Original article was published by Kingston Celine on Artificial Intelligence on Medium
What is Empathetic Technology?
Empathetic technology is “technology that is using our internal state to decide how it will respond and make decisions,” says Poppy Crum the Chief Scientist at Dolby Laboratories and an Adjunct Professor at Stanford University. Today our wearables and other IOT tech can pick up on our routines, habits, and idiosyncrasies. Many times imperceptibly to us and then adjusts accordingly. An apt example is Apple’s watchOS7 which can detect hand washing motions and sounds and initiates a 20 second countdown timer and if the user finishes early, they will be prompted to complete the countdown. The Apple watch will also recognize when you have returned home and prompt you to wash your hands.
This example, however, is child’s play compared to where empathic tech is going. There are already several neuropsychological “tells” that tech can pick up on. Some hardware can pick up on the dilation of our pupils, for example, to track cognitive processes like cognitive overload (struggling to understand something), or read our stress and anxiety levels based on sweat secretions. Switch over to AIs and there are several applications in what we call affective computing that can now be used to detect our emotions based on our facial expressions, voices, body gesture, and language usage. We have several players in this space including Microsoft’s Emotion AP which receives picture and video and first identifies faces and subsequently the emotions expressed on those faces.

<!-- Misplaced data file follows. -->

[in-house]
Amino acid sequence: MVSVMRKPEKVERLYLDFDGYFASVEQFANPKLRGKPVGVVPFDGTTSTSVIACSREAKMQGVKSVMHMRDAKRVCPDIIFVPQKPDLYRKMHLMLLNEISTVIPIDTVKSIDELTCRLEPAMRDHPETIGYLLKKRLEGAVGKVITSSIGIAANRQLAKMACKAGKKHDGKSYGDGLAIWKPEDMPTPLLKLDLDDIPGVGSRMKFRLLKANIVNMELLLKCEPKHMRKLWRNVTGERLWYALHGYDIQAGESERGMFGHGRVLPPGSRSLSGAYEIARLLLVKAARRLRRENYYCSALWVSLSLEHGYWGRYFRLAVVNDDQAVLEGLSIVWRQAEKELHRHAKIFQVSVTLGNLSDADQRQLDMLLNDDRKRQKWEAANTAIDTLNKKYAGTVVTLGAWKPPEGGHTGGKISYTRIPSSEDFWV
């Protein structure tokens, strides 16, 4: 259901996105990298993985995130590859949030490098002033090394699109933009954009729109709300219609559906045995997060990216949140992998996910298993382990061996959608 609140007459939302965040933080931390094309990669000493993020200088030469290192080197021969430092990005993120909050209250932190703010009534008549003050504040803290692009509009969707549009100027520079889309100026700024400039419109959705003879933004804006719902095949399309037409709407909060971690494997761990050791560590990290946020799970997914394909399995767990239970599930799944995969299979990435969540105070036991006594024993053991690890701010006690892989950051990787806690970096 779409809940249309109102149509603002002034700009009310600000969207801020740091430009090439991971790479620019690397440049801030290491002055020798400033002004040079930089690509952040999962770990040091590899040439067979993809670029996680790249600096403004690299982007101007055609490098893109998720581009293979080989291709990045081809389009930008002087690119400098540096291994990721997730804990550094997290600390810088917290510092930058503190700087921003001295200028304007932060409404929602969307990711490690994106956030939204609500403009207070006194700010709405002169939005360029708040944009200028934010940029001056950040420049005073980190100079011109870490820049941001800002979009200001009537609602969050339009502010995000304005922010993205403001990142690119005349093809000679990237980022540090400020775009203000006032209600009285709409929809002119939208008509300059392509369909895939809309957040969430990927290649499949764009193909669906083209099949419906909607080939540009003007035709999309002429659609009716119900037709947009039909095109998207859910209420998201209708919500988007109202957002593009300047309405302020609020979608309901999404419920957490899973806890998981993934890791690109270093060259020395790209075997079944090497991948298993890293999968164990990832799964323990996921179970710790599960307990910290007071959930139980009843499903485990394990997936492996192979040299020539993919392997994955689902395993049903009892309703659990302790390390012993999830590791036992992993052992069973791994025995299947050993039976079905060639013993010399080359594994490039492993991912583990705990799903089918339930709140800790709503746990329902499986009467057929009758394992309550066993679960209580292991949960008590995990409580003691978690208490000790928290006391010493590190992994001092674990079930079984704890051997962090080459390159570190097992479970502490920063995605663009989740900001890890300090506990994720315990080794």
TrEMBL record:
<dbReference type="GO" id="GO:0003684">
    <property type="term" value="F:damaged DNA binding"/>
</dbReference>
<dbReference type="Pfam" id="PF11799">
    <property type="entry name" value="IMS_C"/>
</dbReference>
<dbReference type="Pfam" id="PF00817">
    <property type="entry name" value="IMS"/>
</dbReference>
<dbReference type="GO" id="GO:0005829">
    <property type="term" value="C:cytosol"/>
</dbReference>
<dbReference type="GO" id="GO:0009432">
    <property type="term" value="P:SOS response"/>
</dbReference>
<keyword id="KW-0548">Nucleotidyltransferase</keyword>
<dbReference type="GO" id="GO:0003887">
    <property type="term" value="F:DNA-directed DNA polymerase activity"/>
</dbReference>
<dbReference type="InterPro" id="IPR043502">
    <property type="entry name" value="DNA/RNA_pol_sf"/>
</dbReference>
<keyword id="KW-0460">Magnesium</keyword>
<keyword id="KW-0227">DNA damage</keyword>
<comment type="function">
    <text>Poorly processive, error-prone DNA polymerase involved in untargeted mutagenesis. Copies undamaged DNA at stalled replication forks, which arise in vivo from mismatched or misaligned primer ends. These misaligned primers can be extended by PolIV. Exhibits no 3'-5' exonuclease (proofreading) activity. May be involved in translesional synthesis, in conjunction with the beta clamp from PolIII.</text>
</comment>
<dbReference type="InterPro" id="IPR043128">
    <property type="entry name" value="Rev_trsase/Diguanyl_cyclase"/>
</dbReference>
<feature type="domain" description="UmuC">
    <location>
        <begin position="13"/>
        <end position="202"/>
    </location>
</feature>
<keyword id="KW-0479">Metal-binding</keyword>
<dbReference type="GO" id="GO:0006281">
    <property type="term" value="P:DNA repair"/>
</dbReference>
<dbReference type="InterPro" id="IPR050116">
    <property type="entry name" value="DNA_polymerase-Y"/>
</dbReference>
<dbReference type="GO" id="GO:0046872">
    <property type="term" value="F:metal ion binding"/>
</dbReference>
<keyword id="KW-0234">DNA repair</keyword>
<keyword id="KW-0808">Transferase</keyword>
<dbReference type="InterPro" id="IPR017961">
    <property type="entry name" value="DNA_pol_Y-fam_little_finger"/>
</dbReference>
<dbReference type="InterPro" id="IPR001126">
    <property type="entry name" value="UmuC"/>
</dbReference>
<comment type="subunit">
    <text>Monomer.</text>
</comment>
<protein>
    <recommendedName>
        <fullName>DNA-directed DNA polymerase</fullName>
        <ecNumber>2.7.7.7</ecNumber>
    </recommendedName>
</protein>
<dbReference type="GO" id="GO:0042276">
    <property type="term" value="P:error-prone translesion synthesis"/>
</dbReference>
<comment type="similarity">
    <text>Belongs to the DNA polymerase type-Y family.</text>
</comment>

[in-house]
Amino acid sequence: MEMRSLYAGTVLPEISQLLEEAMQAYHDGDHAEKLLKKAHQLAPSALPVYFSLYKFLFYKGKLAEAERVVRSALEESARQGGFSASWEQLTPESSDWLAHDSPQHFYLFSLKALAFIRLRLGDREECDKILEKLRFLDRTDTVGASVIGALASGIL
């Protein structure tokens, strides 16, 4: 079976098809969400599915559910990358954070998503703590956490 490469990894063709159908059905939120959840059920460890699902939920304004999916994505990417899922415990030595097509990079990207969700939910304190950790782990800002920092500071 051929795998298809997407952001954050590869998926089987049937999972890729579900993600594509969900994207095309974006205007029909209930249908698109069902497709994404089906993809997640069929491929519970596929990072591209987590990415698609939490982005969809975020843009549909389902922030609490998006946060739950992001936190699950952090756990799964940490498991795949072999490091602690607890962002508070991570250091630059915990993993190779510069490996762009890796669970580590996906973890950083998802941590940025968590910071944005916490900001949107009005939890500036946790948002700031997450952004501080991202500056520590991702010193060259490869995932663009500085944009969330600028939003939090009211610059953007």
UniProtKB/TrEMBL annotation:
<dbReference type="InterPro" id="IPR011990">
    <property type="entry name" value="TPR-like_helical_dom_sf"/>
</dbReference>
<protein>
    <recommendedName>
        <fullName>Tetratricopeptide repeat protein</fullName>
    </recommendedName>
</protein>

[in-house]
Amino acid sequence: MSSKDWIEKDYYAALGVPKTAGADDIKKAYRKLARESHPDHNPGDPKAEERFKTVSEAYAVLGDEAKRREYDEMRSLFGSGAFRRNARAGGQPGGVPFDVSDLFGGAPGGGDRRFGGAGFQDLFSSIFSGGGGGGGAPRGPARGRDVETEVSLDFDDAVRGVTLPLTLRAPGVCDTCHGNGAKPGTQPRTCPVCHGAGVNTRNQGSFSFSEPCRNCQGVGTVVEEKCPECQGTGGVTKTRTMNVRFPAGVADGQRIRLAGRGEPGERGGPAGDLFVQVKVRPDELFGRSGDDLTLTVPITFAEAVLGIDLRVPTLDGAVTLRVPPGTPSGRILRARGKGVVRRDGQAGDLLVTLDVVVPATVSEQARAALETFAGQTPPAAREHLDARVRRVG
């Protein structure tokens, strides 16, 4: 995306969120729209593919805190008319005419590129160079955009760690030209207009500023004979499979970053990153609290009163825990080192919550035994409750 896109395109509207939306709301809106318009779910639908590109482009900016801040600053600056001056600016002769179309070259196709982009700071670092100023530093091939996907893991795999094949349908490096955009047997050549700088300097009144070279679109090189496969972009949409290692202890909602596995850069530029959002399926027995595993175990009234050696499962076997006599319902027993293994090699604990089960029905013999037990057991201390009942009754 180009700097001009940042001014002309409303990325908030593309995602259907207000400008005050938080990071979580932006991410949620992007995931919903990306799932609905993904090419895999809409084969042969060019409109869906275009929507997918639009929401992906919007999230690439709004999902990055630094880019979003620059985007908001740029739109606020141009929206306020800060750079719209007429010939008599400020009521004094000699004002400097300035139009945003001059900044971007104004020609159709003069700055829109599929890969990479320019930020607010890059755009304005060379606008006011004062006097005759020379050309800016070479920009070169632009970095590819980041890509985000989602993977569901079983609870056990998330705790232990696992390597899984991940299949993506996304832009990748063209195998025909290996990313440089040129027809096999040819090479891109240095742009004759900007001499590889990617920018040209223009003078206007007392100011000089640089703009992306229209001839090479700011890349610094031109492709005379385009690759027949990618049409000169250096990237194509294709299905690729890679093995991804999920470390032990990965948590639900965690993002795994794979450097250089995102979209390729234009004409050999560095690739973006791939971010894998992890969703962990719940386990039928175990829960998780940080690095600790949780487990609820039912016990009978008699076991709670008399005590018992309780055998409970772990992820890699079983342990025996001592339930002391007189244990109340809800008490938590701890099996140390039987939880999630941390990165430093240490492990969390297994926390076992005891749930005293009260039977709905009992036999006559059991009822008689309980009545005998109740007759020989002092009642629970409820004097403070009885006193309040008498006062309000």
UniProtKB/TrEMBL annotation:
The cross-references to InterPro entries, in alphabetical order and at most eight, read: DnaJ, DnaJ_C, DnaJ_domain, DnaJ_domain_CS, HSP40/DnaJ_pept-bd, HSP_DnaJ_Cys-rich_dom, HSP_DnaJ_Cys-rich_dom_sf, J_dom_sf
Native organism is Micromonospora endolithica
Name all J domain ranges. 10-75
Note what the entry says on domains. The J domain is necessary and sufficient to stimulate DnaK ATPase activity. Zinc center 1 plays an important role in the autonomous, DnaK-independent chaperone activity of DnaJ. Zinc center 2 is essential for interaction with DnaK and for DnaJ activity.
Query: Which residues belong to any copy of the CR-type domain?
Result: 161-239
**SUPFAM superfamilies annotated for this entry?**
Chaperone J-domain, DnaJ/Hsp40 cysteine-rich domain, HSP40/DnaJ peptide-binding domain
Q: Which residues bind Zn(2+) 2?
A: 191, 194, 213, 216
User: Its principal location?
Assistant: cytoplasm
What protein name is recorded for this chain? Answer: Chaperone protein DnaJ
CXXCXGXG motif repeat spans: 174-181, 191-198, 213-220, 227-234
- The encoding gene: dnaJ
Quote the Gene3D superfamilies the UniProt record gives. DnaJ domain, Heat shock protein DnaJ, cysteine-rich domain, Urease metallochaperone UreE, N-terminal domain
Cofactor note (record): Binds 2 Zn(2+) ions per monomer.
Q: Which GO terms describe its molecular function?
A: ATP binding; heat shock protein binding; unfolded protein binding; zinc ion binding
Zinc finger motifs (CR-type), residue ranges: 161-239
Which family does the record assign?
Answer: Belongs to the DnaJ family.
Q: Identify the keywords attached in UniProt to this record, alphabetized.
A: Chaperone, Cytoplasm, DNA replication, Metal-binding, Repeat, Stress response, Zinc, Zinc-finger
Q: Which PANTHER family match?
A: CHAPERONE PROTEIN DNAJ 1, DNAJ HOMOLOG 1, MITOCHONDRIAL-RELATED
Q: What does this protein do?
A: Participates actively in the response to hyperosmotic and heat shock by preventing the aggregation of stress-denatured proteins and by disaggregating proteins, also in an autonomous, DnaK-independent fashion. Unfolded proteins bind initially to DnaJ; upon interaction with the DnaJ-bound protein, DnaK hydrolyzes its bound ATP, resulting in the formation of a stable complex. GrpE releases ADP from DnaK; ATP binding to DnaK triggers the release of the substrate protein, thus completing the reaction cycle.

The tech isn’t perfect and the hard part about implementing any of it is that by design human interactions and emotions are multimodal. We send out a lot of information across different channels. The combination of our body language, face expressions, and tone of voice can send out an entirely different message than if we were to take any of those characteristics in isolation. Combining and “translating” all these different messages into one cohesive sentiment is where affective computing continues to struggle.